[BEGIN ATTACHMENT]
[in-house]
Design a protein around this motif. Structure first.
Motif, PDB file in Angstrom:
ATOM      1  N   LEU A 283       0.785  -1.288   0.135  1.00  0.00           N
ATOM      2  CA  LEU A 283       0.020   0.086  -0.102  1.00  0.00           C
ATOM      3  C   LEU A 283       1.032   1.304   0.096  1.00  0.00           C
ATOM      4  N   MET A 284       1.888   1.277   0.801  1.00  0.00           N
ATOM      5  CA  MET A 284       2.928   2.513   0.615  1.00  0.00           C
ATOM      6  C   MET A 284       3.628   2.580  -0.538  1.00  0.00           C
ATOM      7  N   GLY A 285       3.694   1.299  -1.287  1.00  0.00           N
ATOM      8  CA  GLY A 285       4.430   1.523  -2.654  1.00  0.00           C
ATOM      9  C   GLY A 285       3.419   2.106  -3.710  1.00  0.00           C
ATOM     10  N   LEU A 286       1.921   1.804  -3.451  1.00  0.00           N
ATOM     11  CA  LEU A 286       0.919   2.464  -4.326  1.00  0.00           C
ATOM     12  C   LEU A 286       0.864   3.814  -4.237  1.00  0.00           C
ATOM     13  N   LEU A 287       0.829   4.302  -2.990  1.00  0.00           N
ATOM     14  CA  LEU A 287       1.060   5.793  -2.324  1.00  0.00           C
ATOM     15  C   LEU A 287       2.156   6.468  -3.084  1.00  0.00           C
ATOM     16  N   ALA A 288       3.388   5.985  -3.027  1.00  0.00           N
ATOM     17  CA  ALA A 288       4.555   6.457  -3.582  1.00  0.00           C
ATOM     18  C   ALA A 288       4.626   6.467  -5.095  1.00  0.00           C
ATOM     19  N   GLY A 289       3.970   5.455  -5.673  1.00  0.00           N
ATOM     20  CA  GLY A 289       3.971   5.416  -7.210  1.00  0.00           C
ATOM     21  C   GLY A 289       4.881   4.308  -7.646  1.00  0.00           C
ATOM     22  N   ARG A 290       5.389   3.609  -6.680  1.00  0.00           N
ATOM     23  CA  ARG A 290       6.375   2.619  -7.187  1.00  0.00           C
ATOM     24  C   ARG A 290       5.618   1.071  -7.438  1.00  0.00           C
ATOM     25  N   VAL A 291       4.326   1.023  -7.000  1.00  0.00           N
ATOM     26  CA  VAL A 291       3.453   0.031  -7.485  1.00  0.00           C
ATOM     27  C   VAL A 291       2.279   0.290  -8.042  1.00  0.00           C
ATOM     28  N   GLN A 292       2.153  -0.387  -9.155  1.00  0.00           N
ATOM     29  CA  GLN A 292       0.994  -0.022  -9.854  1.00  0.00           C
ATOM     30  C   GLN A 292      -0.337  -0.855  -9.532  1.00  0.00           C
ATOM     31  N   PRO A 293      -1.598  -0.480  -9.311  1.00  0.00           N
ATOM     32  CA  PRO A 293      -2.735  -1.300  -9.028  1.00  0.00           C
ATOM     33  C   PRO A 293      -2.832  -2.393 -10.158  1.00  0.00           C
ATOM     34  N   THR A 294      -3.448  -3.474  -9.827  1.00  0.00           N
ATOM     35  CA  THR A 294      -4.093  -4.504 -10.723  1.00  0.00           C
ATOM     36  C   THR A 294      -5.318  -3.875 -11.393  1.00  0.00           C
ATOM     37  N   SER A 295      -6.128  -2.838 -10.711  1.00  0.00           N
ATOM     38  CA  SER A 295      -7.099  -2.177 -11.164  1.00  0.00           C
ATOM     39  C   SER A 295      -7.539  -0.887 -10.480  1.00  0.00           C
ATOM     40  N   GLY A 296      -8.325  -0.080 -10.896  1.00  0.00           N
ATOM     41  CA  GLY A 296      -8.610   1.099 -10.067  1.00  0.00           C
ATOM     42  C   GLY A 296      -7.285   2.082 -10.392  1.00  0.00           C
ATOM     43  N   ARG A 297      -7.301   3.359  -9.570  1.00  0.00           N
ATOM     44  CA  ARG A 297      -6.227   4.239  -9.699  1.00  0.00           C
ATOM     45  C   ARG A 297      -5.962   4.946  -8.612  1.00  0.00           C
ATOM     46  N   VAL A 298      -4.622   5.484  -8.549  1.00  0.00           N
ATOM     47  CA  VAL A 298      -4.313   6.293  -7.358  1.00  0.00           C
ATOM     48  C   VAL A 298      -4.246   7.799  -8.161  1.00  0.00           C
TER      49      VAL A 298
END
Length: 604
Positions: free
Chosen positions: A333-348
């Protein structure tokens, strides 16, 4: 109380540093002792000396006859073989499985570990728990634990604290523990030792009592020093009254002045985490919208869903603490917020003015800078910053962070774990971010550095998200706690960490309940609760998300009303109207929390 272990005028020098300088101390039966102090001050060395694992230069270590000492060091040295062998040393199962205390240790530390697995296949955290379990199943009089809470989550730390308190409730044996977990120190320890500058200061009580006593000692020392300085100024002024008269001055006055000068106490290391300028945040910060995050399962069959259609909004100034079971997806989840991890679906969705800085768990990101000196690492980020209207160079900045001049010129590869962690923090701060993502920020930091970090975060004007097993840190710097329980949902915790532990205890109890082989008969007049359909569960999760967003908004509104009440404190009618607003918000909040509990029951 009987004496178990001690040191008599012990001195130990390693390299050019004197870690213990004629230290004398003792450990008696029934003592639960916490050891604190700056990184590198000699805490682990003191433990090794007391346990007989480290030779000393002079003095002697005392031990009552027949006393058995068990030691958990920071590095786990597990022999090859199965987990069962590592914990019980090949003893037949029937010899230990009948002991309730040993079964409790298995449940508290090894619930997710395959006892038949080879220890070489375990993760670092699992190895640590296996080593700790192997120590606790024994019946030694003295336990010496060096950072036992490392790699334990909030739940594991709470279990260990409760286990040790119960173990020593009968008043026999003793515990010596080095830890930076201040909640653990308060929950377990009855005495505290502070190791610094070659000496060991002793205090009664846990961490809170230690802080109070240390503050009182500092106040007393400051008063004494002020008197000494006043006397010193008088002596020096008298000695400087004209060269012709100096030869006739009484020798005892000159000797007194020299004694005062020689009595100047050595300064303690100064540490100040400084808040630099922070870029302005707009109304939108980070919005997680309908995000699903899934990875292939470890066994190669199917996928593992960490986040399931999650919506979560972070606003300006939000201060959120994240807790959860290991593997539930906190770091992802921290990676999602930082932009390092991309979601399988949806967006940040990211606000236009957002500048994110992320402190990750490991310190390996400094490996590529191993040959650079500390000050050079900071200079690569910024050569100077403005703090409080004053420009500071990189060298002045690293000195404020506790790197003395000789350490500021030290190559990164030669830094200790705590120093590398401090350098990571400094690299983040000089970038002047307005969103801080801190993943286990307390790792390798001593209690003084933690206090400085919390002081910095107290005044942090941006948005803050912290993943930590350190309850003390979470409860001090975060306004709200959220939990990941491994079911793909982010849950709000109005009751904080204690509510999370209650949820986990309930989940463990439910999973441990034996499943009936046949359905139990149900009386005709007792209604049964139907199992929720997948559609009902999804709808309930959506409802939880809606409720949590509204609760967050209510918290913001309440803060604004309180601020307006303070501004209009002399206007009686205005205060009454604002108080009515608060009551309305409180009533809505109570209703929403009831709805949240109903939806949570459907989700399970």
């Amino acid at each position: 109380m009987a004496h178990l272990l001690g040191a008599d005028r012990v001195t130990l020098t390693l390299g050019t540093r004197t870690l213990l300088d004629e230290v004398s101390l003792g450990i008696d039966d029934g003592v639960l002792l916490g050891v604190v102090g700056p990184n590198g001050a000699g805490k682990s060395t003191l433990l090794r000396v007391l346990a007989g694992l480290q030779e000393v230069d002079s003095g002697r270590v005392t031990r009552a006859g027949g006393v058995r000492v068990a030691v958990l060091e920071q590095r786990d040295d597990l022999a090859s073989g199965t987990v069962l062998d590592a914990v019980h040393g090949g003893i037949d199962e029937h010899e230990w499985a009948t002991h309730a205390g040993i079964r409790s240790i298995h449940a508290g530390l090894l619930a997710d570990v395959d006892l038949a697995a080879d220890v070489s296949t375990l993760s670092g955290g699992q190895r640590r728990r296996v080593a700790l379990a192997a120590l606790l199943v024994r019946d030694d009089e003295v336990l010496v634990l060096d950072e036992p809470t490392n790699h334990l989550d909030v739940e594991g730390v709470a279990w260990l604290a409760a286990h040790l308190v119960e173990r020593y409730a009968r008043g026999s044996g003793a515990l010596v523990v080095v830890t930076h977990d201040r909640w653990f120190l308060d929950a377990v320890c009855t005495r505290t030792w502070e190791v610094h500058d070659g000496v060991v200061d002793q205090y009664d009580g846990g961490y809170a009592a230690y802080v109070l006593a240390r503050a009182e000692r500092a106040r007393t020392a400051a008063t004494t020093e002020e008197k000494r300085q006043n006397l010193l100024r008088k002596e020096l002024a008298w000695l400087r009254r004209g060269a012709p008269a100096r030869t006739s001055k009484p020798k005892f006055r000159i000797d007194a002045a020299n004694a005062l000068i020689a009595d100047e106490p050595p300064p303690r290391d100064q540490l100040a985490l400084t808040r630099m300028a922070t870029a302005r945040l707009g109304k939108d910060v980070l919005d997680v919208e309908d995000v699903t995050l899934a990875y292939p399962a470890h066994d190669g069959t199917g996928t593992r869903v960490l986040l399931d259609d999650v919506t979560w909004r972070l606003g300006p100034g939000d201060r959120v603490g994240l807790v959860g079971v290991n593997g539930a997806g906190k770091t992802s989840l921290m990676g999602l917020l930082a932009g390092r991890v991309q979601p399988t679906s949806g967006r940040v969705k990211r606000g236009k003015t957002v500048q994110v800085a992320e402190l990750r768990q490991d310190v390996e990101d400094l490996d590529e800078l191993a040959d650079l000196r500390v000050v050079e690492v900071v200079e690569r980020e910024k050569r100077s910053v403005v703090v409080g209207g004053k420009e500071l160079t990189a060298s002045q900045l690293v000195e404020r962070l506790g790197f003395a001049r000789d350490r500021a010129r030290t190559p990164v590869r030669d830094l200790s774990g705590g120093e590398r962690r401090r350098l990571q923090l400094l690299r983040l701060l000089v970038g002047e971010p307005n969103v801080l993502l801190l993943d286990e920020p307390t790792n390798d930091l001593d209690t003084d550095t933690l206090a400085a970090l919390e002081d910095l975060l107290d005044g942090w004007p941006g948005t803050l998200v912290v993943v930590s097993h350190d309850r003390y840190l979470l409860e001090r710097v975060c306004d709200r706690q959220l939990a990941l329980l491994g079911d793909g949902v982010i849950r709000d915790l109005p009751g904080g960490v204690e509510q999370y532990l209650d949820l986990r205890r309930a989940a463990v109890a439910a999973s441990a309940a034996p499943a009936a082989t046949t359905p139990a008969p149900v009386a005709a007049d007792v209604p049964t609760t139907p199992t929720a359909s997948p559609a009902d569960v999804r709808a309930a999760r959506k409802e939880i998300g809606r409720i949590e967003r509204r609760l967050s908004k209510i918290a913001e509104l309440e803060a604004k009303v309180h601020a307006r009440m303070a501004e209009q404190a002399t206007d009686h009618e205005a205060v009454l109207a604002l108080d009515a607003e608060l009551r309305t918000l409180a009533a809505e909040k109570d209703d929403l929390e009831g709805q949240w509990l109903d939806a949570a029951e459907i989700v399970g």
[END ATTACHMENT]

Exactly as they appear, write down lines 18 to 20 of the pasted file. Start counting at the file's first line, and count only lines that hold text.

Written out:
ATOM     15  C   LEU A 287       2.156   6.468  -3.084  1.00  0.00           C
ATOM     16  N   ALA A 288       3.388   5.985  -3.027  1.00  0.00           N
ATOM     17  CA  ALA A 288       4.555   6.457  -3.582  1.00  0.00           C